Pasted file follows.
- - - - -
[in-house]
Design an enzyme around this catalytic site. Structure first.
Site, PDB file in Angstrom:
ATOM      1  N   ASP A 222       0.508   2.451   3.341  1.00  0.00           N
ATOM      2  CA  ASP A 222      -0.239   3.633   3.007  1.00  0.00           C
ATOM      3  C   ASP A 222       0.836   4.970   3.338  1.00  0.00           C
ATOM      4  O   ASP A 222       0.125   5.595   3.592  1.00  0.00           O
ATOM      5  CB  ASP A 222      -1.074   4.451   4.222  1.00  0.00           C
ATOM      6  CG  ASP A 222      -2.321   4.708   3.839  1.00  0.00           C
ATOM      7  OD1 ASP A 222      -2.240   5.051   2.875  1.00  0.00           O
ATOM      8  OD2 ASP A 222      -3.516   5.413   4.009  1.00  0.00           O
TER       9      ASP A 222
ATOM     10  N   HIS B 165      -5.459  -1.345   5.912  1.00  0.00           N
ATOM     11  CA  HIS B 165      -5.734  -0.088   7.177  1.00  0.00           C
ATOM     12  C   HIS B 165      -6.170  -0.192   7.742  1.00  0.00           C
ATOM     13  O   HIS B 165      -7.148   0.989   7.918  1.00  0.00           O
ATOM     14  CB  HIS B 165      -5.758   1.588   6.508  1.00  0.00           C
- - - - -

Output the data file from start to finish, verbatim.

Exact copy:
[in-house]
Design an enzyme around this catalytic site. Structure first.
Site, PDB file in Angstrom:
ATOM      1  N   ASP A 222       0.508   2.451   3.341  1.00  0.00           N
ATOM      2  CA  ASP A 222      -0.239   3.633   3.007  1.00  0.00           C
ATOM      3  C   ASP A 222       0.836   4.970   3.338  1.00  0.00           C
ATOM      4  O   ASP A 222       0.125   5.595   3.592  1.00  0.00           O
ATOM      5  CB  ASP A 222      -1.074   4.451   4.222  1.00  0.00           C
ATOM      6  CG  ASP A 222      -2.321   4.708   3.839  1.00  0.00           C
ATOM      7  OD1 ASP A 222      -2.240   5.051   2.875  1.00  0.00           O
ATOM      8  OD2 ASP A 222      -3.516   5.413   4.009  1.00  0.00           O
TER       9      ASP A 222
ATOM     10  N   HIS B 165      -5.459  -1.345   5.912  1.00  0.00           N
ATOM     11  CA  HIS B 165      -5.734  -0.088   7.177  1.00  0.00           C
ATOM     12  C   HIS B 165      -6.170  -0.192   7.742  1.00  0.00           C
ATOM     13  O   HIS B 165      -7.148   0.989   7.918  1.00  0.00           O
ATOM     14  CB  HIS B 165      -5.758   1.588   6.508  1.00  0.00           C